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Hollywood strikes: Which productions are affected?

July 14, 2023

The union representing more than 150,000 screen actors in the United States has announced it will be joining screenwriters in their ongoing strike. TV series and film shoots have been halted.

A film still from 'Stranger Things': A group of young people in 1980s style stand in front of a van with an ad that reads 'Surfer Boy Pizza'.
Filming of the final season of popular Netflix series 'Stranger Things' has been paused due to the strikeImage: Netflix/AP Photo/picture alliance

The Screen Actors Guild-American Federation of Television and Radio Artists (SAG-AFTRA), the union representing around 160,000 film and television actors and media personalities in Hollywood and worldwide, announced it was formally joining the Writers Guild of America on the picket lines as of midnight Thursday.

The Hollywood writers have been on strike since early May.

The historic double strike has brought the US TV and movie industry to a halt. The last time the two unions were on strike simultaneously was in 1960, when actor — and later US president — Ronald Reagan led the protests.

The unions' demands include establishing a system of residual payments from streaming platforms, as well as protections against the use of content generated by artificial intelligence.

How the strike impacts film and TV fans

TV shows that have already been affected by the writers' strike include "Andor," "Stranger Things," "The Last of Us," "Yellowjackets," "The Handmaid's Tale," "Blade Runner 2099" and "The Mandalorian," as well late-night shows such as "Saturday Night Live" and "The Tonight Show Starring Jimmy Fallon."

Film and TV projects that have already completed their shooting and are now in postproduction are not directly affected, but other productions have already postponed their release dates, including the sequel to "Spider-Man: No Way Home" and Disney's "Blade" remake, whose scripts were not completed before the writers' strike.

The Marvel film "Captain America: Brave New World" reportedly wrapped its shoot just before the actors' strike started — though reshoots are often part of the production process in such films, which is why the release date has already been pushed back.

Film still from 'Deadpool': a superhero holding weapons stands on guard on a city roof amid skyscrapers.
The shoot of the third installment of the popular 'Deadpool' series, starring Ryan Reynolds, has also stoppedImage: Twentieth Century Fox/dpa/picture alliance

Other productions of highly anticipated movies forced to pause due to the strike include "Beetlejuice 2" from  Tim Burton, Marvel Studios' "Deadpool 3," Ridley Scott's "Gladiator 2," the martial arts sequel "Mortal Kombat 2," the Tom Cruise action movie "Mission: Impossible - Dead Reckoning Part Two" and "Paddington in Peru," the third film in the beloved Paddington Bear franchise.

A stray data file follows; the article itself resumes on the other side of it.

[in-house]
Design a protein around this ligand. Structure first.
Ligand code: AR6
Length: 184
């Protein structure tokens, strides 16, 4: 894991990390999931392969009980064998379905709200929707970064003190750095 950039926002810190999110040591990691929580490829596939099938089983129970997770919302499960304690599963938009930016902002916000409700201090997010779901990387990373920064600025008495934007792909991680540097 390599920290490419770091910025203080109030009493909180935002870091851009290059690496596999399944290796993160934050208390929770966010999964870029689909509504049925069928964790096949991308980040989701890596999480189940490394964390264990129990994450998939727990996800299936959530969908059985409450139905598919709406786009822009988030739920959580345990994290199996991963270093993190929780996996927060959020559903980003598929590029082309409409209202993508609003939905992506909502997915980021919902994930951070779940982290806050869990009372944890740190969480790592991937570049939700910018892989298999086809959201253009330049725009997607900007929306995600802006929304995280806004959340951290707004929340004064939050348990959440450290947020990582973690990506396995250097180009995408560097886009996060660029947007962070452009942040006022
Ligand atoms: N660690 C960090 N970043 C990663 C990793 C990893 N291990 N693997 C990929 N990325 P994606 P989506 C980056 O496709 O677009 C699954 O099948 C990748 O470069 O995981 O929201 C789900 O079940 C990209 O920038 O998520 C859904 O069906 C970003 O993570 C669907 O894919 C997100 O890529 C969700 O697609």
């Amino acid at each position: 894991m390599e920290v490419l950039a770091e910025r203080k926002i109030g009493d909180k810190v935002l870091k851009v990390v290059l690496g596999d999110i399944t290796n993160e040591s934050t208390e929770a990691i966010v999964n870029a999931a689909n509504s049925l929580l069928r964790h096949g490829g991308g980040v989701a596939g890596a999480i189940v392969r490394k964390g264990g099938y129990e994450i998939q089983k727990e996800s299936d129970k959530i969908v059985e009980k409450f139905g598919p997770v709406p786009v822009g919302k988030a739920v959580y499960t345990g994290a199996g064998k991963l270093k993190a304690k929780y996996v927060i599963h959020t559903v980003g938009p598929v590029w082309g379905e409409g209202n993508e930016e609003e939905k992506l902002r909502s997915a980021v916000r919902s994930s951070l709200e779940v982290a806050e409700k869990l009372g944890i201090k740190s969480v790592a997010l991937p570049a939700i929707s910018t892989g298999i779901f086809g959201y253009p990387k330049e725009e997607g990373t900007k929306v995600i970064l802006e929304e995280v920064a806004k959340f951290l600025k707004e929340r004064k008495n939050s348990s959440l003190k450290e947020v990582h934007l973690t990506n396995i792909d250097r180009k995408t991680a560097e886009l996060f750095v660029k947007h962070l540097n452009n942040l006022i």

Many more projects have been affected by the walkout, including international film and television productions with US stars. 

No more red carpet appearances

According to strike rules, actors must not only stop all production work, from auditions to shooting, but are also barred from promoting their work on podcasts or at premieres.

The "Oppenheimer" cast prematurely left the London premiere of the film on Thursday, a few hours before the actors' strike officially started.

Next week's other big release, "Barbie," held its UK premiere on Wednesday, where lead star Margot Robbie said on the red carpet that she was "absolutely" in support of the strike.

Matt Damon, Emily Blunt, Cillian Murphy and Florence Pugh: Actors in premiere outfits posing next to a panel showing a nuclear explosion and the film title 'Oppenheimer'.
Matt Damon, Emily Blunt, Cillian Murphy and Florence Pugh appeared briefly at the 'Oppenheimer' premiere on July 13, but left earlyImage: Vianney Le Caer/Invision/AP/picture alliance

The ban on promotion will also have an impact San Diego's Comic-Con, and the red carpets at upcoming film festivals in Venice and Toronto will lack the glitz of Hollywood stars.

The Emmy Awards, which announced their nominations on Thursday, are considering postponing their ceremony on September 18.

How long will the strike last?

No one knows how long it will take for the actors' and screenwriters' unions to strike a deal with the Alliance of Motion Picture and Television Producers, the trade association representing Hollywood studios and streaming platforms in collective bargaining negotiations with entertainment industry trade unions.

 A previous writers' strike in 2007 went on for 100 days, right into 2008. The screenwriters' guild longest strike, in 1988, lasted 153 days.

The last time the actors' union staged a major walkout was in 1980, and it lasted more than three months.

Experts think this latest fight could drag on for months. 

Edited by: Brenda Haas

Portrait of a young woman with red hair and glasses
Elizabeth Grenier Editor and reporter for DW Culture